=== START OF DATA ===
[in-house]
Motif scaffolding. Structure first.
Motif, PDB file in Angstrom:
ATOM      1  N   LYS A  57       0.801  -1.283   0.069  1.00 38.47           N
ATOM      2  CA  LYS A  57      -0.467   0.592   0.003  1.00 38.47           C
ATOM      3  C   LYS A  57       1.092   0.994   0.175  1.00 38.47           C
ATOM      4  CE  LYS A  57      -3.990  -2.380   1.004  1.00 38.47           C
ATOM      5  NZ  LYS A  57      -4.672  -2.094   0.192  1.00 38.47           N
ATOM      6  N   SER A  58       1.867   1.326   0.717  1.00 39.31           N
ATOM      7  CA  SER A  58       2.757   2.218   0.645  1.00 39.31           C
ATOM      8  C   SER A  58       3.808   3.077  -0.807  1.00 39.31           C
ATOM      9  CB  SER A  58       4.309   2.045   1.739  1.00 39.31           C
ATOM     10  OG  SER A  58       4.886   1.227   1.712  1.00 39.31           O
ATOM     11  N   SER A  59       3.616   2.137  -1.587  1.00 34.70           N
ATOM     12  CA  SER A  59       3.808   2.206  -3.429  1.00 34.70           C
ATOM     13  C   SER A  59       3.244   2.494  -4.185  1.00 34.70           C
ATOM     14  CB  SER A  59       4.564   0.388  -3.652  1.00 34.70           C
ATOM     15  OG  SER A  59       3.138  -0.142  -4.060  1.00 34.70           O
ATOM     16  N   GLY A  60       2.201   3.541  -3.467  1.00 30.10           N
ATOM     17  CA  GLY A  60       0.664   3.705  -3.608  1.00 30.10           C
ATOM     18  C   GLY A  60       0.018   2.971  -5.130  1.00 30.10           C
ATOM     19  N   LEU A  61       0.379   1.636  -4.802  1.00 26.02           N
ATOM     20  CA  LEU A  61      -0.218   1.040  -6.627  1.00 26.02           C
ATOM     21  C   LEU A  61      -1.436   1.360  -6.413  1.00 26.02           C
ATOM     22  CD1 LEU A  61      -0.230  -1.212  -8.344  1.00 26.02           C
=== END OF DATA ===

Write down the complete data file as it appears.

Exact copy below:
[in-house]
Motif scaffolding. Structure first.
Motif, PDB file in Angstrom:
ATOM      1  N   LYS A  57       0.801  -1.283   0.069  1.00 38.47           N
ATOM      2  CA  LYS A  57      -0.467   0.592   0.003  1.00 38.47           C
ATOM      3  C   LYS A  57       1.092   0.994   0.175  1.00 38.47           C
ATOM      4  CE  LYS A  57      -3.990  -2.380   1.004  1.00 38.47           C
ATOM      5  NZ  LYS A  57      -4.672  -2.094   0.192  1.00 38.47           N
ATOM      6  N   SER A  58       1.867   1.326   0.717  1.00 39.31           N
ATOM      7  CA  SER A  58       2.757   2.218   0.645  1.00 39.31           C
ATOM      8  C   SER A  58       3.808   3.077  -0.807  1.00 39.31           C
ATOM      9  CB  SER A  58       4.309   2.045   1.739  1.00 39.31           C
ATOM     10  OG  SER A  58       4.886   1.227   1.712  1.00 39.31           O
ATOM     11  N   SER A  59       3.616   2.137  -1.587  1.00 34.70           N
ATOM     12  CA  SER A  59       3.808   2.206  -3.429  1.00 34.70           C
ATOM     13  C   SER A  59       3.244   2.494  -4.185  1.00 34.70           C
ATOM     14  CB  SER A  59       4.564   0.388  -3.652  1.00 34.70           C
ATOM     15  OG  SER A  59       3.138  -0.142  -4.060  1.00 34.70           O
ATOM     16  N   GLY A  60       2.201   3.541  -3.467  1.00 30.10           N
ATOM     17  CA  GLY A  60       0.664   3.705  -3.608  1.00 30.10           C
ATOM     18  C   GLY A  60       0.018   2.971  -5.130  1.00 30.10           C
ATOM     19  N   LEU A  61       0.379   1.636  -4.802  1.00 26.02           N
ATOM     20  CA  LEU A  61      -0.218   1.040  -6.627  1.00 26.02           C
ATOM     21  C   LEU A  61      -1.436   1.360  -6.413  1.00 26.02           C
ATOM     22  CD1 LEU A  61      -0.230  -1.212  -8.344  1.00 26.02           C